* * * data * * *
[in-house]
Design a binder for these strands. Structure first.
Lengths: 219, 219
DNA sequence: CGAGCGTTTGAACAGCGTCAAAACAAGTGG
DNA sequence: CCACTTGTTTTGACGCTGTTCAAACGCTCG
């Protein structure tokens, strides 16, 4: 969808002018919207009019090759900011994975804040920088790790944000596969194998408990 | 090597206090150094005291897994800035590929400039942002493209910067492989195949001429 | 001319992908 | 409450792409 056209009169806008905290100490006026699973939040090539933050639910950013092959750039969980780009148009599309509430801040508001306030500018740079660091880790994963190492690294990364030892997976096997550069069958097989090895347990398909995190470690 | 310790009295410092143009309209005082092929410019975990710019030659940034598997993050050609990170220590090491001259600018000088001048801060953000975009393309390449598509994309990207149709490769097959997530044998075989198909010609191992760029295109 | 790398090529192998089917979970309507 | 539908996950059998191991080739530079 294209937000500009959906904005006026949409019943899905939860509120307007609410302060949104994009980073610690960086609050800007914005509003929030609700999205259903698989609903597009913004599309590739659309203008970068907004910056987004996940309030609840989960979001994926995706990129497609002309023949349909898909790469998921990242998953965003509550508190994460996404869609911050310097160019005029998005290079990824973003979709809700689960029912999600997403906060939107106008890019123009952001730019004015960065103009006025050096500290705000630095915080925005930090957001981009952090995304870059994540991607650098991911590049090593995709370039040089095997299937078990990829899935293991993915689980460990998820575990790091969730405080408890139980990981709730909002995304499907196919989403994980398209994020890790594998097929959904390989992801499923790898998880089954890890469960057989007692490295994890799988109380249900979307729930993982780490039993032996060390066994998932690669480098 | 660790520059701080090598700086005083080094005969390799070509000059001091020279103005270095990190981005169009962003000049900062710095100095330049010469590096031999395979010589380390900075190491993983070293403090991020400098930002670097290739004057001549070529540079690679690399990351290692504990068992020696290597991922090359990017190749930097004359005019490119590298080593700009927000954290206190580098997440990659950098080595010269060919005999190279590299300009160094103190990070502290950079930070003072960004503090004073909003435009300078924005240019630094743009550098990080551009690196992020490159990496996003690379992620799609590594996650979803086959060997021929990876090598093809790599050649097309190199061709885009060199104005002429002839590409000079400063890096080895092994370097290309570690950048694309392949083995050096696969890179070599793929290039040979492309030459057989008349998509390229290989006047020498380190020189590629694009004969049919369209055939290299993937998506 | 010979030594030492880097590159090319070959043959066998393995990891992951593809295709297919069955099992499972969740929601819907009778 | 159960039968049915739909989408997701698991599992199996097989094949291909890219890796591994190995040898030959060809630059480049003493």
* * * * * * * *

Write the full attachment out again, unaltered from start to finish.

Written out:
[in-house]
Design a binder for these strands. Structure first.
Lengths: 219, 219
DNA sequence: CGAGCGTTTGAACAGCGTCAAAACAAGTGG
DNA sequence: CCACTTGTTTTGACGCTGTTCAAACGCTCG
């Protein structure tokens, strides 16, 4: 969808002018919207009019090759900011994975804040920088790790944000596969194998408990 | 090597206090150094005291897994800035590929400039942002493209910067492989195949001429 | 001319992908 | 409450792409 056209009169806008905290100490006026699973939040090539933050639910950013092959750039969980780009148009599309509430801040508001306030500018740079660091880790994963190492690294990364030892997976096997550069069958097989090895347990398909995190470690 | 310790009295410092143009309209005082092929410019975990710019030659940034598997993050050609990170220590090491001259600018000088001048801060953000975009393309390449598509994309990207149709490769097959997530044998075989198909010609191992760029295109 | 790398090529192998089917979970309507 | 539908996950059998191991080739530079 294209937000500009959906904005006026949409019943899905939860509120307007609410302060949104994009980073610690960086609050800007914005509003929030609700999205259903698989609903597009913004599309590739659309203008970068907004910056987004996940309030609840989960979001994926995706990129497609002309023949349909898909790469998921990242998953965003509550508190994460996404869609911050310097160019005029998005290079990824973003979709809700689960029912999600997403906060939107106008890019123009952001730019004015960065103009006025050096500290705000630095915080925005930090957001981009952090995304870059994540991607650098991911590049090593995709370039040089095997299937078990990829899935293991993915689980460990998820575990790091969730405080408890139980990981709730909002995304499907196919989403994980398209994020890790594998097929959904390989992801499923790898998880089954890890469960057989007692490295994890799988109380249900979307729930993982780490039993032996060390066994998932690669480098 | 660790520059701080090598700086005083080094005969390799070509000059001091020279103005270095990190981005169009962003000049900062710095100095330049010469590096031999395979010589380390900075190491993983070293403090991020400098930002670097290739004057001549070529540079690679690399990351290692504990068992020696290597991922090359990017190749930097004359005019490119590298080593700009927000954290206190580098997440990659950098080595010269060919005999190279590299300009160094103190990070502290950079930070003072960004503090004073909003435009300078924005240019630094743009550098990080551009690196992020490159990496996003690379992620799609590594996650979803086959060997021929990876090598093809790599050649097309190199061709885009060199104005002429002839590409000079400063890096080895092994370097290309570690950048694309392949083995050096696969890179070599793929290039040979492309030459057989008349998509390229290989006047020498380190020189590629694009004969049919369209055939290299993937998506 | 010979030594030492880097590159090319070959043959066998393995990891992951593809295709297919069955099992499972969740929601819907009778 | 159960039968049915739909989408997701698991599992199996097989094949291909890219890796591994190995040898030959060809630059480049003493």